The Pro Bowl is like the friend with whom you always make plans but never follow through.
Sure, you’d like to hang out with them, but when it comes down to it, you prefer to sit on your couch and watch reruns of Game of Thrones. This is the best analogy I can draw, since I’ve never been invited to the Pro Bowl. At least not yet. But since I’m an able-bodied young man, there’s a chance I’ll be invited the near future. The NFL may have to start inviting fans like me, because no current players seem to want to play in the league’s annual All-Star game.
The number of players selected to the 2016 Pro Bowl who won’t make the trip to Hawaii to play in the game stands at 43. Fourteen have a legit excuse—they are members of the Denver Broncos and Carolina Panthers, and they’re busy preparing for Super Bowl 50.
But the other 29? Not so much. Sure, some are dealing with injuries. Ben Roethlisberger and J. J. Watt fit in that group. But that still leaves roughly a couple of dozen players who could play in the Pro Bowl but just flat out don’t want to. All seven members of the New England Patriots who were selected have opted out. Four quarterbacks who aren’t playing in Super Bowl 50 have opted out. Here’s the full list of players selected who won’t participate in tonight’s game:
courtesy of Wikipedia
Do I blame these guys? Not for a second.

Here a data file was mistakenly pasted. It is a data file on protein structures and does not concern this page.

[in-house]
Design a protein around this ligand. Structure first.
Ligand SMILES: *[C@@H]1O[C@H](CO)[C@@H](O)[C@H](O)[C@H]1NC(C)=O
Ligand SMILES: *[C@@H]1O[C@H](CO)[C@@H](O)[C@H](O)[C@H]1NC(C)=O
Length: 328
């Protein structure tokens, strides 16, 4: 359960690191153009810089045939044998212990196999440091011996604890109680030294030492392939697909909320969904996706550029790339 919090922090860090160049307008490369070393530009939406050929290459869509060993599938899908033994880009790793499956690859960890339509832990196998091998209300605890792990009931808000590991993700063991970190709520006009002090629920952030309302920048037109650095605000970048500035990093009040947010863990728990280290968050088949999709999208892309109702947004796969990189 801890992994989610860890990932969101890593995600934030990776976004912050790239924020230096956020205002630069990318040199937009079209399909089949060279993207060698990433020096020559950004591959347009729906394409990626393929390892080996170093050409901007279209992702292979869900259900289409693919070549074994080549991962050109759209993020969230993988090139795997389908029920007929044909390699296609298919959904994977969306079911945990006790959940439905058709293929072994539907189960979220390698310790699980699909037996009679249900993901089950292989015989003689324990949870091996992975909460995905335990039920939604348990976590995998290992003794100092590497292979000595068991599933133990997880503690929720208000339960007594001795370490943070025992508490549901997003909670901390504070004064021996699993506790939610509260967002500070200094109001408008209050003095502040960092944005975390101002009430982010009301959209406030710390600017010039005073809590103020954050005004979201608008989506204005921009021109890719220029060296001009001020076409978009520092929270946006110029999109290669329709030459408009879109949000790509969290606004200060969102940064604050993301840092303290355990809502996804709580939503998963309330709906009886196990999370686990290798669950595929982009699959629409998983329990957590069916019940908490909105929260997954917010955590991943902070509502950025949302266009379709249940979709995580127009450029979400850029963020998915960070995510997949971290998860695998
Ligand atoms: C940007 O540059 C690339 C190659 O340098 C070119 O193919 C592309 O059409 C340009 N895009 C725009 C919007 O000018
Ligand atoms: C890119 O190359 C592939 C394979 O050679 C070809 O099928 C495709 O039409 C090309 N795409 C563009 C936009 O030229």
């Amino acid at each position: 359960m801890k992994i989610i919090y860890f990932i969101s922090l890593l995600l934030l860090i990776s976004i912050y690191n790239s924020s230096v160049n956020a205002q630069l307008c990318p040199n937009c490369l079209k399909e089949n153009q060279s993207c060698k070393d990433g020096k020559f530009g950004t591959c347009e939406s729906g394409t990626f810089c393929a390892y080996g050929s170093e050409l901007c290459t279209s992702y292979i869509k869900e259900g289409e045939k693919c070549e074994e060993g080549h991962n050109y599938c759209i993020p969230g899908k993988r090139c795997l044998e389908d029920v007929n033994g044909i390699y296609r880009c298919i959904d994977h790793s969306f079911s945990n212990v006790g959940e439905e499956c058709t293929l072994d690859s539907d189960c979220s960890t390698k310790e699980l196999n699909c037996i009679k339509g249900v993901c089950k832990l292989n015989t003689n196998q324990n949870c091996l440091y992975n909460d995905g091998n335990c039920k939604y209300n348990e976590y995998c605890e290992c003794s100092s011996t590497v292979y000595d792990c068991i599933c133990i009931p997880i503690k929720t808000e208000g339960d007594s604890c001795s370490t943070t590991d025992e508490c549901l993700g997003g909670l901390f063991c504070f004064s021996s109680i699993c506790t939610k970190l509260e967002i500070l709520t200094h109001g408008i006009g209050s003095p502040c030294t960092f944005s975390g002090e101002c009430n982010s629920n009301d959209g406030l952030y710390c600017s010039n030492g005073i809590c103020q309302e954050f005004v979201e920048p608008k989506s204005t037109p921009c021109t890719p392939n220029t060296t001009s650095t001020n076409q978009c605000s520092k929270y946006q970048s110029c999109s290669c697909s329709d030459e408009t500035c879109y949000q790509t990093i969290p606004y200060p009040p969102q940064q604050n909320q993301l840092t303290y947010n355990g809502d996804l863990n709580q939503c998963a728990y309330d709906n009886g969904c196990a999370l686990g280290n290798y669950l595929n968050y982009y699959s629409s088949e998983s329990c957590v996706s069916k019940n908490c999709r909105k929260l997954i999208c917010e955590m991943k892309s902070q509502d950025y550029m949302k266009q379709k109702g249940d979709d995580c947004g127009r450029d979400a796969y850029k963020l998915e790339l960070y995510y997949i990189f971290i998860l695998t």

Probably the last thing any NFL player wants to do after punishing his body for 6 months straight is to play in a totally meaningless game. But the refusal of many star players to participate has greatly affected the prestige of the Pro Bowl. Tom Brady hasn’t played in it since 2005! When the game’s top players don’t want to participate, others are forced to fill in—although you could argue that some don’t deserve it.
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Do you think Latavius Murray is a true Pro Bowl player? How about Jameis Winston? Or Elvis Dumervil, who only had six sacks this season? They’re good players, but were their performances in 2015 Pro Bowl-worthy. Doubtful.
In the MLB and NBA All-Star games, nearly every player who is selected participates, and several very good players get left out. That adds legitimacy to both the game itself and to the players’ distinction as All-Stars. Right now, the Pro Bowl is missing both.